To meet the Water Footprint Calculator requirements, ‘virtual water’ is always used interchangeably with the indirect water usage. The concept of both means the water which is consumed at every phase in the value chain of the given goods, services, or processes. For example, it needs near 1300 cubic meters of water to grow a ton of wheat and 16000 cubic meters of water to grow a ton of beef. Therefore, someone who eats too much beef can consume about five cubic meters of embodied water every day. On the contrary, a vegetarian consumes only 2.5 cubic meters of water every day. The manufacture of a cotton T-shirt considering about 250 grams requires nearly 2.7 cubic meters of water.  Ten liters of orange juice requires 220 liters of water for irrigation purposes and cleaning the fruit. Besides that morning cup of coffee needs around 140 liters of water to produce, package and transport the beans. That is approximately the similar amount of water used by a typical person every day in England for drinking purposes and household needs. A typical hamburger needs about 2,400 liters of water. An American consumes about 6,800 liters of virtual water daily which is over triple of Chinese.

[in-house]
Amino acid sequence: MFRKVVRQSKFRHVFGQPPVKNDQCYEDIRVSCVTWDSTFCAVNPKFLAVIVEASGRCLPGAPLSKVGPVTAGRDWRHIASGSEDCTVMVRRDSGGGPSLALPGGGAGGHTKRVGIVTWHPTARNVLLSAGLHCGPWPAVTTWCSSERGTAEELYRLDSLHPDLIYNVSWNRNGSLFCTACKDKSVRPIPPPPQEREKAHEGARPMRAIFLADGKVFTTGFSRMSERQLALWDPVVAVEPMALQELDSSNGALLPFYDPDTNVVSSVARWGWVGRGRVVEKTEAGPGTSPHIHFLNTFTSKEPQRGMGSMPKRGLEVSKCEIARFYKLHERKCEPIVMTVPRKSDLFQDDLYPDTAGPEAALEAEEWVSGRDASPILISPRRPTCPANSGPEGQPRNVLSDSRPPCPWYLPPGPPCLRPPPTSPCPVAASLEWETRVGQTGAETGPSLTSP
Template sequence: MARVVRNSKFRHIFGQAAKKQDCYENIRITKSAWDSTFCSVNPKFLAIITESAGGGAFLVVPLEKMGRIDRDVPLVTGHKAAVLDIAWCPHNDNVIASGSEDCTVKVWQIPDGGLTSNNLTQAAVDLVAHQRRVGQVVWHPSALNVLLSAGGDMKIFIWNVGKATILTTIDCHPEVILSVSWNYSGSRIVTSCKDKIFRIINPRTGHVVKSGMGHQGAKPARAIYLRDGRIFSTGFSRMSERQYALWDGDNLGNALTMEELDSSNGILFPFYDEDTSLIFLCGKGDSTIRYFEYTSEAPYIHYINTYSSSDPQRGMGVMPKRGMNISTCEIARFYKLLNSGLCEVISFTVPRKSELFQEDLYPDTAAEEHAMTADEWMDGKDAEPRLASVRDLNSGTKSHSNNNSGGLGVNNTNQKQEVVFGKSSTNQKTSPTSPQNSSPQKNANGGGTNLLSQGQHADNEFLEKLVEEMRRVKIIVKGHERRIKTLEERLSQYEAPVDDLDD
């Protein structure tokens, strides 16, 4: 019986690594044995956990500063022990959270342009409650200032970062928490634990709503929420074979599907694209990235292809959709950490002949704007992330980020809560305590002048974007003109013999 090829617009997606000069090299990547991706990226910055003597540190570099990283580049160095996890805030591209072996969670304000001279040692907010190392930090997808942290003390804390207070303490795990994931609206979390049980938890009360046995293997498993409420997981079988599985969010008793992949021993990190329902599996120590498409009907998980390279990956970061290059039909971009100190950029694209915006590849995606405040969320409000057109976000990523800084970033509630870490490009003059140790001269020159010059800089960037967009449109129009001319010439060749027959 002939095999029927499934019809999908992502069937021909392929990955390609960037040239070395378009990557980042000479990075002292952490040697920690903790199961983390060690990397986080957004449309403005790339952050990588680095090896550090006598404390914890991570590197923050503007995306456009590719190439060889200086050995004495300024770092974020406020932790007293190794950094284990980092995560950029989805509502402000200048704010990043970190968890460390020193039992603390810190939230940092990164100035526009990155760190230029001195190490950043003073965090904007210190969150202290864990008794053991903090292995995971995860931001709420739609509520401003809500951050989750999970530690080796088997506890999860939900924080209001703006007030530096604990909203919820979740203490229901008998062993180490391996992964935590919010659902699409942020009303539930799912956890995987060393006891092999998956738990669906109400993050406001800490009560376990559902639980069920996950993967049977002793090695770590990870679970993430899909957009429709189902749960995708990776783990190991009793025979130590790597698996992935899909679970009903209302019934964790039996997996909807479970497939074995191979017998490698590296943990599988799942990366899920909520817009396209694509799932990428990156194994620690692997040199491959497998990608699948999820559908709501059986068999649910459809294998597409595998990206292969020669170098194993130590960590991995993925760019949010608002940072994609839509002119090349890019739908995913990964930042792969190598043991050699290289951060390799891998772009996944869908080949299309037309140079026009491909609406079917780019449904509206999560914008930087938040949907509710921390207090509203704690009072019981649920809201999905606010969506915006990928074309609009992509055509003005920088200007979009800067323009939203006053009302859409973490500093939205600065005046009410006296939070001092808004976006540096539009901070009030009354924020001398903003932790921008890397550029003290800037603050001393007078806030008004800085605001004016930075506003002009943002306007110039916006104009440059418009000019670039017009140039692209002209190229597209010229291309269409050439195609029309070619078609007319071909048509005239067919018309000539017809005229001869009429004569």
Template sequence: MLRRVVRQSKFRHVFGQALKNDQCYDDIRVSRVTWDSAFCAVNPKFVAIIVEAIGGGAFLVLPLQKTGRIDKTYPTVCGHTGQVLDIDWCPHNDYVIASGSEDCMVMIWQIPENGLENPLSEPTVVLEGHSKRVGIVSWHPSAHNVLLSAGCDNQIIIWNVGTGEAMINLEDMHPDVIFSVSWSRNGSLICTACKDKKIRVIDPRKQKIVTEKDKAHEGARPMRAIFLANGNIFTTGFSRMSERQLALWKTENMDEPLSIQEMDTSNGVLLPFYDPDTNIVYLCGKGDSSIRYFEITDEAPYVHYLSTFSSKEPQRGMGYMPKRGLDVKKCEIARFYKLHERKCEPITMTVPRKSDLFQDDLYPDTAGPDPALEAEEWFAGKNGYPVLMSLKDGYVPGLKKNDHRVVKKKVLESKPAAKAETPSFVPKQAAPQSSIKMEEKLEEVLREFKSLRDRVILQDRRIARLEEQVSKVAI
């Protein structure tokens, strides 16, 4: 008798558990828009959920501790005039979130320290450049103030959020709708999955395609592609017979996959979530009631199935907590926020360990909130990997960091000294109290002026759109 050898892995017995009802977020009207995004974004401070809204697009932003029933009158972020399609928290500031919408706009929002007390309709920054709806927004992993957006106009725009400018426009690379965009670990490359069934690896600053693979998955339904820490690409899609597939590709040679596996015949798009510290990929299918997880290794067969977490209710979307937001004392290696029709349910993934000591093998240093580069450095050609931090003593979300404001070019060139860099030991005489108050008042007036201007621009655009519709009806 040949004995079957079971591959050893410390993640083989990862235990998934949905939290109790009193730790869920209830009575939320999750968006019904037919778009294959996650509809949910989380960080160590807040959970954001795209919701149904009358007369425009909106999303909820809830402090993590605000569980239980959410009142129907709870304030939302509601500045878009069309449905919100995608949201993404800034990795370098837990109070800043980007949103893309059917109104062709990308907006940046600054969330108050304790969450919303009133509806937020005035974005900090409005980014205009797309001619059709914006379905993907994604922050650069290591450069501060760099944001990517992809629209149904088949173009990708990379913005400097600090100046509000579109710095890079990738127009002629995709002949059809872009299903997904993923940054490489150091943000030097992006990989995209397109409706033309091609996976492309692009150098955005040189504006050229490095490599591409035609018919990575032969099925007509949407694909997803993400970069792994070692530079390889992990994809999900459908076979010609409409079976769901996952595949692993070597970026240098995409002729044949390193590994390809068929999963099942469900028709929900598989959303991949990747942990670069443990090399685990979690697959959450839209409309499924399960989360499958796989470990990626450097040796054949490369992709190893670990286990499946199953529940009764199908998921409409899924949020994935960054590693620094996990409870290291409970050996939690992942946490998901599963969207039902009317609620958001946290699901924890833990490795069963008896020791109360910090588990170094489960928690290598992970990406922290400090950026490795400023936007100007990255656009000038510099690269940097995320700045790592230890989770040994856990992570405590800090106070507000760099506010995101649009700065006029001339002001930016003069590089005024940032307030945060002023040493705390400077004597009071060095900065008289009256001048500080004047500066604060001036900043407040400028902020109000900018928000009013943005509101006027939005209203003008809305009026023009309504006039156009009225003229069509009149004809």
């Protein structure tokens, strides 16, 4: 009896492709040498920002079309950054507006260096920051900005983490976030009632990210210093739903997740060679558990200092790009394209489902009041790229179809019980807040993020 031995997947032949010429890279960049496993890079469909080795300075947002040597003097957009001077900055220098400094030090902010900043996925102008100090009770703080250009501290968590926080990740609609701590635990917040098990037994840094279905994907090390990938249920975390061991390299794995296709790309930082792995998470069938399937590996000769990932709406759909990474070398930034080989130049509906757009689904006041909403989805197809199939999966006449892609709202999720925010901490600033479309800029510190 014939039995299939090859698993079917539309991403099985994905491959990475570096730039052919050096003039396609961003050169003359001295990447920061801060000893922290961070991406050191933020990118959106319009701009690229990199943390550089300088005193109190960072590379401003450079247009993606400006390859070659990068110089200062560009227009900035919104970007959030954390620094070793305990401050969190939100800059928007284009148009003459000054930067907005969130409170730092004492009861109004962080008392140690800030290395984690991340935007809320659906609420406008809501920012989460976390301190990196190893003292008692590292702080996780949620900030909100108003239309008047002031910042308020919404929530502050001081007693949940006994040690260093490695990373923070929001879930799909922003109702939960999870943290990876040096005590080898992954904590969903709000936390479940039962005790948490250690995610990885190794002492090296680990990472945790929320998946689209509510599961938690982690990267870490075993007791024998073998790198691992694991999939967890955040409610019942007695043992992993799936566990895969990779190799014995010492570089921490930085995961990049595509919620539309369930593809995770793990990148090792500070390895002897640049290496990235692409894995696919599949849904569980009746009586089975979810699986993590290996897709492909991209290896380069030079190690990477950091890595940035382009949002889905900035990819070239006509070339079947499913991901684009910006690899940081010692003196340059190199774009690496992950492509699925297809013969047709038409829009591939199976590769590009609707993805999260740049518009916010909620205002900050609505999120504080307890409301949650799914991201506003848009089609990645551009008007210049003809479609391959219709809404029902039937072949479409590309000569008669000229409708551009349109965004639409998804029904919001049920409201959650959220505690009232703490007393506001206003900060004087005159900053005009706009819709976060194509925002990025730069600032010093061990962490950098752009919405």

On the contrary, direct water use can be termed as the visible water, felt and used in a particular time and location to grow an item or service such as tap water. People need water for various direct and indirect purposes. Direct purposes contain drinking, bathing, and cooking. In maximum developed countries, municipal water users are linked to water by their municipal water distribution system and their home-based plumbing system. People turn on the water tap, water releases and they use it for their purpose. Another way to visualize direct water usage is that it is the water essential to carry out an activity or operation. In another word, at any particular point in time in the formation of a service or product, water which is used in a specific activity that comes from a pipe or tap. For example, a microchip producer who needs distilled water for his process, or an industry that needs a huge amount of water for cleaning, are both directly spending water in their operations. If we take together, all the phases in which they use direct water add up to the total water needed to get a final product to consumers. That sum can be measured by the content of virtual water.